Technology website CNET theorized that the vessel might be a floating data center that will house banks of computers. Local TV station KPIX said the barge is intended to serve as a floating retail store for Google’s “Glass” wearable computer device – although its external appearance, at least thus far, doesn’t suggest such a purpose.

Adding to the mystery, a second similar barge was recently spotted in Portland, Maine, and is also registered to By and Large LLC, according to local media reports.

The company itself is keeping mum, refusing even to acknowledge its affiliation with the vessels.

Secrecy is a standard business practice in Silicon Valley, where technology companies such as Apple Inc go to great lengths to keep their latest gadgets under wraps and a constellation of blogs compete to reveal highly prized details.

But the concealment effort surrounding the barge is in another league. Chain-link fences and security guards encircle a pier and a couple of nearby buildings on the island, which sits between San Francisco and Oakland.

A California state inspector, who said he had business in the hangar-like Building 3 where some of the early construction took place, told Reuters he had to surrender his mobile phone and sign a confidentiality agreement in order to enter.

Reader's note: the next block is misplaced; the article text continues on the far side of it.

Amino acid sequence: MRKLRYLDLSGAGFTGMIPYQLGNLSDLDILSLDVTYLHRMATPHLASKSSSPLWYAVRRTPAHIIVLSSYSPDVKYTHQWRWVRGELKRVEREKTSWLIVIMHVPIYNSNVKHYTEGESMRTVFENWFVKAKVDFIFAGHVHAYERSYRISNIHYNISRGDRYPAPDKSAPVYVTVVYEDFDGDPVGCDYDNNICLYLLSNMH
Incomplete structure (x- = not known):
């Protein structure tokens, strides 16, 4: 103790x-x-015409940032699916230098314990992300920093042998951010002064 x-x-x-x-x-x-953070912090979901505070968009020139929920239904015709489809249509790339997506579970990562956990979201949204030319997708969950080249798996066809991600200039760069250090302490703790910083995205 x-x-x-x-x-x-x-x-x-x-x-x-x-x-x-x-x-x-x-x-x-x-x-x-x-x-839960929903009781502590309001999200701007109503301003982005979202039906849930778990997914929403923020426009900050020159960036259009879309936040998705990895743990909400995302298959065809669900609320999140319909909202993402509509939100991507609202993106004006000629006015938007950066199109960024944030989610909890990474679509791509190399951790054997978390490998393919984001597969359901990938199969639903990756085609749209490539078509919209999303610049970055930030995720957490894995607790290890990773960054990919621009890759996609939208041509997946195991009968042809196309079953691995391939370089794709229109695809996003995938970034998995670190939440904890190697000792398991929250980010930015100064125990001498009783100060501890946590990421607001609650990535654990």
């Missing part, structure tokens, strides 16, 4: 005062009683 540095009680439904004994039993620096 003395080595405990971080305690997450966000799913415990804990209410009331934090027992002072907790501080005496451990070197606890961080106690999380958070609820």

Bob Jessup, a construction company superintendent who works in a building across the street, said Google spent the past year working on the project. He said they fenced off a wide area and brought in at least 40 welders a day, who worked around the clock and refused to say a word.

“They wouldn’t give up any of the information,” Jessup said. “It was a phenomenal production. None of them would tell us anything.”

He said they worked on the inside and the outside of the shipping containers, outfitting them with electronics – “very hush hush” – and then loaded them onto the barge with a crane. They put sides on the containers, with glass windows in some of them. They had to weld them very precisely so they could stack, Jessup recounted.

Jessup said he could not imagine that Google would try to use the floating vessel as a retail outlet. “Who’s going to want to climb up in there?” he asked. “It’s really ugly.”

The vessel is registered to a company called By and Large LLC, and some nearby property on Treasure Island has been subleased to the same firm. Representatives of the firm could not be reached for comment.